Still, you would never think to use a paperclip to tighten your frames. Simple yet ingenious. You can’t suppress the unwelcome acknowledgment of his resourcefulness even as apprehension coils inside you.

You feel the adjusted grip of the handles at your ears and temples as they burn hot at his nearness, from being in too close proximity with the scorching blue fire that are his eyes. They’re secure on your face, sitting on it like a paradox; a piece of armor, a barrier meant to clarify your adversary’s hand against you–quite literally–but not actually help you in any meaningful way. Like being “gifted” the power to foresee someone’s death but being utterly unable to prevent it.

The moment the thought forms, you squeeze your eyes shut, seeking solace in darkness despite having just had your second pair tuned up. But relief remains elusive as memories flood unbidden, accompanied by their attendant emotions that crash over you like waves on an angry sea.

Stop it, you chastise yourself, impulsively trying to swallow around the silicone boulder lodged in your mouth and failing. You suck in a ragged breath instead, your lungs heaving like a ship’s sails in a storm before your eyes are forced open again by the sensation of movement gliding feather-light against your temple.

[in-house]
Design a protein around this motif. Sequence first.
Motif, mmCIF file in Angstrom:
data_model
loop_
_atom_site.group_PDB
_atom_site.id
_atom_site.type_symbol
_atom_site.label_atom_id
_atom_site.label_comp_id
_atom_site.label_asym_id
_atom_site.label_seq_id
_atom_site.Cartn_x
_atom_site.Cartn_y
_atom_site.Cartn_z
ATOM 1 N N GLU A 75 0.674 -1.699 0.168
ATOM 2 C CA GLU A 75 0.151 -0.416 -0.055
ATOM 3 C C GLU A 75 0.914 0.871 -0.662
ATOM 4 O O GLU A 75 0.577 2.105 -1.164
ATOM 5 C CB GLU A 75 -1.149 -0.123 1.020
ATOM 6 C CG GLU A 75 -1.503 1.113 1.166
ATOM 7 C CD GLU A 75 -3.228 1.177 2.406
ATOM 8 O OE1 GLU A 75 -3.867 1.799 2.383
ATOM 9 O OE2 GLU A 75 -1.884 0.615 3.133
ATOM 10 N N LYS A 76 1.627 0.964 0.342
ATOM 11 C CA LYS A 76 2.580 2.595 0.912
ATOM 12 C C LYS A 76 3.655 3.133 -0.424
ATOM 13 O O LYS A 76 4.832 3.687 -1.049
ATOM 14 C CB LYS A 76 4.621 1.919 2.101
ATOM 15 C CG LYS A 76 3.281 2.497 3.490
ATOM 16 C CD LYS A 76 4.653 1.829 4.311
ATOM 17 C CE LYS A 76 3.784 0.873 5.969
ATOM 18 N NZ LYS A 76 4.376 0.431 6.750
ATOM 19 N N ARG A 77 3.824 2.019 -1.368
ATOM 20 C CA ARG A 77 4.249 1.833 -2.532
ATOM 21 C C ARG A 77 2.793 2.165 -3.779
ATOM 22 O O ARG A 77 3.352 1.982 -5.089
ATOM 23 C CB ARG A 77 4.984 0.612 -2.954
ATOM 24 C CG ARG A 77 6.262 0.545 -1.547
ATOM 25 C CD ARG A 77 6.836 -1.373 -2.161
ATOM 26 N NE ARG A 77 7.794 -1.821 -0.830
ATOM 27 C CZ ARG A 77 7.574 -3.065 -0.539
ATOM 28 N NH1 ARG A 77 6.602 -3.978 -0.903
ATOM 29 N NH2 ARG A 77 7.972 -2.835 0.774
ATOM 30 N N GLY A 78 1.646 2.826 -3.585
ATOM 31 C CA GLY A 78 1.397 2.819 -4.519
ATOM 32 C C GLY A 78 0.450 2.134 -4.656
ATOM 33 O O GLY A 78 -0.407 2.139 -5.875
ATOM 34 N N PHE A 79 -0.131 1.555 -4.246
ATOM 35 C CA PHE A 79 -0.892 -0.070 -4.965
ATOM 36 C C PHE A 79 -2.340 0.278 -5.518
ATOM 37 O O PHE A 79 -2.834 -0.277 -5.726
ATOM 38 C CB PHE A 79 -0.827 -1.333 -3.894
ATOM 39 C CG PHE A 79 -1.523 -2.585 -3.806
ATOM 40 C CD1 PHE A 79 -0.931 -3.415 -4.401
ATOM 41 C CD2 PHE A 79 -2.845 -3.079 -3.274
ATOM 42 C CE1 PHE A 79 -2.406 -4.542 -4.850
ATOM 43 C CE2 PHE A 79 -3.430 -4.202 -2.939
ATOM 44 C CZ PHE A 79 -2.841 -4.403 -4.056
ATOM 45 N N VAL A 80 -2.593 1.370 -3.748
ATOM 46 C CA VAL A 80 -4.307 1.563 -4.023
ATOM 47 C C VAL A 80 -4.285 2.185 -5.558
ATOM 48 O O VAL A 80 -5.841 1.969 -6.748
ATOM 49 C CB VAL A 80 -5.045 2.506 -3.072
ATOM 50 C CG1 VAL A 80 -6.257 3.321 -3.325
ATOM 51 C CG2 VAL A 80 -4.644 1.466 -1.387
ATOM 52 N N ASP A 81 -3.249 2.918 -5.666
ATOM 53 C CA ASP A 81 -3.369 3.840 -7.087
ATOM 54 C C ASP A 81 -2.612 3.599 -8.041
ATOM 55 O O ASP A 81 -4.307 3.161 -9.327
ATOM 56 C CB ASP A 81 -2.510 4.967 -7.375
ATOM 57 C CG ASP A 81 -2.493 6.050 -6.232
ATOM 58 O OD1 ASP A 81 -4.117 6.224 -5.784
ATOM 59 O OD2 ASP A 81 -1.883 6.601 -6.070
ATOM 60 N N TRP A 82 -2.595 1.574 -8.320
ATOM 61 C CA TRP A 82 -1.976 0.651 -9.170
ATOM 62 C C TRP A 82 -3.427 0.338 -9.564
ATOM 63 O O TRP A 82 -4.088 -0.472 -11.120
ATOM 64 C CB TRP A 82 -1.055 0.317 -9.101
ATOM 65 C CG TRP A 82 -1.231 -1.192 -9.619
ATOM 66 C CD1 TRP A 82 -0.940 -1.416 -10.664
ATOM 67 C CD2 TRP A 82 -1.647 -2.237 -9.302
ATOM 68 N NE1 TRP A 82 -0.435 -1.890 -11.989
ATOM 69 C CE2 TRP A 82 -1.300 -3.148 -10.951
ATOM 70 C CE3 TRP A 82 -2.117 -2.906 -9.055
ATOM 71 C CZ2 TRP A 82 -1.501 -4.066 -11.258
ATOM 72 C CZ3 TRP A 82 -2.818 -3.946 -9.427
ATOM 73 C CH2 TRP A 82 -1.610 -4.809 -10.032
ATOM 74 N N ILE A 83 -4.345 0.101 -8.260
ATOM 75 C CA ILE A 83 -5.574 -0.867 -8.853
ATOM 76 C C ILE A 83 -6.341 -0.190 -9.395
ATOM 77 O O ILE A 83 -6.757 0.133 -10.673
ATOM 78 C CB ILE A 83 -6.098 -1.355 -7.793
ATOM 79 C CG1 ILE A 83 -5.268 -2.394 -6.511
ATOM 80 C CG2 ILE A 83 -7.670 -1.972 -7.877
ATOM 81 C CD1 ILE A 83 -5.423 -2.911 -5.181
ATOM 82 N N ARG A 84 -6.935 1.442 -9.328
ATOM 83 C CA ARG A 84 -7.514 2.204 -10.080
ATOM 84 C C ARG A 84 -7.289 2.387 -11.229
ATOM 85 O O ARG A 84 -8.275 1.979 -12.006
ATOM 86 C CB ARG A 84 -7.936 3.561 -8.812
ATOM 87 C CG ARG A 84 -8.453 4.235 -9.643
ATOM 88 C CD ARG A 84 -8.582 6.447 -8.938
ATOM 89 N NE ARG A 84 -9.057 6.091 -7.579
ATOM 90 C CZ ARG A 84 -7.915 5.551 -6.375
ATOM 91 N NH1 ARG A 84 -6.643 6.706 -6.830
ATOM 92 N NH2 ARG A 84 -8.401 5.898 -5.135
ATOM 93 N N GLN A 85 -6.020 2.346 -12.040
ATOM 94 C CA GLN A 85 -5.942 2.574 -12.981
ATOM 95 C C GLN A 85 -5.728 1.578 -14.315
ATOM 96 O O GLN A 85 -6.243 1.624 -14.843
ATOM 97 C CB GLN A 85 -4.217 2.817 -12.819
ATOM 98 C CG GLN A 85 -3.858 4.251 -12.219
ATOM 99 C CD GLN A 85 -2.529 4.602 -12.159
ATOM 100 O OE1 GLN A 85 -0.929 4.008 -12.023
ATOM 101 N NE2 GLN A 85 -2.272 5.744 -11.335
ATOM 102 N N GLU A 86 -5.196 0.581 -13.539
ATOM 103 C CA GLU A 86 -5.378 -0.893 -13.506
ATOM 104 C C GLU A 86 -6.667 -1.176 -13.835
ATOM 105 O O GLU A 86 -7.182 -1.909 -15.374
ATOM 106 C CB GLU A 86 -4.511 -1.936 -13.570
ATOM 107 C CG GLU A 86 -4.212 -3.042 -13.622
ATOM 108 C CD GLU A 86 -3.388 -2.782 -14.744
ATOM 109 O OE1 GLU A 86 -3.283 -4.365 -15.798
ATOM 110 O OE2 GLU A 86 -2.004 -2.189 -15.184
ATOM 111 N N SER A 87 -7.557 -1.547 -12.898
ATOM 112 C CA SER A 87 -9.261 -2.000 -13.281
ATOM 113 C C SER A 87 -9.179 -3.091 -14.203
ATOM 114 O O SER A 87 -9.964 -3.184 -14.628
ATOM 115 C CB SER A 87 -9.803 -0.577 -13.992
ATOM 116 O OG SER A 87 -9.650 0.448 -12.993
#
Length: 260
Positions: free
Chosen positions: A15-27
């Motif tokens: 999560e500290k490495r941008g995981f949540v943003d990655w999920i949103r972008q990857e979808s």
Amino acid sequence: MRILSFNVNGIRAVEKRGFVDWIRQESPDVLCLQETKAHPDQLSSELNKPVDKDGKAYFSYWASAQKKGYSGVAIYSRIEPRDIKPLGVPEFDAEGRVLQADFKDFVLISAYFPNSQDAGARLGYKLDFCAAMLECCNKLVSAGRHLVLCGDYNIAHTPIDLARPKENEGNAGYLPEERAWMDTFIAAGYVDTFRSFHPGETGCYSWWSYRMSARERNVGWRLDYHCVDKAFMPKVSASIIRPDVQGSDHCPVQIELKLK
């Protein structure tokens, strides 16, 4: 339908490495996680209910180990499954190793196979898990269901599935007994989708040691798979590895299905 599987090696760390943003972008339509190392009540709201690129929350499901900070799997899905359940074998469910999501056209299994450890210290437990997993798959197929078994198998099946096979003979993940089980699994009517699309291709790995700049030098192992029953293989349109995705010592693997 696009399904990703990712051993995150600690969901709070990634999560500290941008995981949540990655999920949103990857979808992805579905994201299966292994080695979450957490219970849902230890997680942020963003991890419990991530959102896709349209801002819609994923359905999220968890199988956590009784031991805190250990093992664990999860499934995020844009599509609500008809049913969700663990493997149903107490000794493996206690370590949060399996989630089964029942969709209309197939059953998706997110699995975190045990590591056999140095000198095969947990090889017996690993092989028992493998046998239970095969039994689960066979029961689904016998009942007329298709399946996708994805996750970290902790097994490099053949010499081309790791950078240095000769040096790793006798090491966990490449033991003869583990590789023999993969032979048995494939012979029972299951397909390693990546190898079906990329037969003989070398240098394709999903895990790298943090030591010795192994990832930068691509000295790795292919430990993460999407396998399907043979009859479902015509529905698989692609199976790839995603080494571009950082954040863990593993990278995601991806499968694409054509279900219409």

Involuntary dread shoots down your spine at the initial touch. Your heart pounds out a terrified rhythm, convinced he’s sliding your glasses away again, this time to permanently deprive you of clear sight in this moment where you need it most. You wouldn’t put that kind of tool-ery past him. But your knee-jerk assumption skids to a halt when you realize what’s making contact with the side of your head.

The paperclip.

Cool metal clashes with the heat of your skin but does nothing to temper the flames raging beneath. As a matter of fact, it stokes them higher, your nerves igniting like kindling as Frost trails the simple piece of stationery down the right side of your face. Slowly. Deliberately.

“Surface tension,” he announces, his voice taking on the depth of an ocean. You frantically search your memory, dredging up long-forgotten high school physics lessons and somehow manage to recall the term amid the chaos ricocheting in your brain. Surface tension. The phenomenon that allows small insects to literally walk on water. As you feel every inch of your stomach sink like stone.

“One of the many unique properties of water,” he continues, still gliding the paperclip over the hypersensitive landscape of your face. “Think of it like an invisible ‘skin’.”

His tone remains calm, almost conversational, at odds with the dread creeping through your veins, at the icy fire fanning across your own, very visible skin.

“If you look closely at the top of the water, you’ll notice it forms a kind of stretchy layer. Inside the water, the molecules are attracted to each other. They pull on each other, creating a tight, interconnected network. In essence, they like to stick together.”

He pauses, and a new wave of foreboding washes over you at his next sentence.

“Like a family.”

You blink rapidly against the sudden sting in your eyes, your heart fracturing at the way that word sounds coming from his lips.

Family.

Not now. Don’t think about that now.

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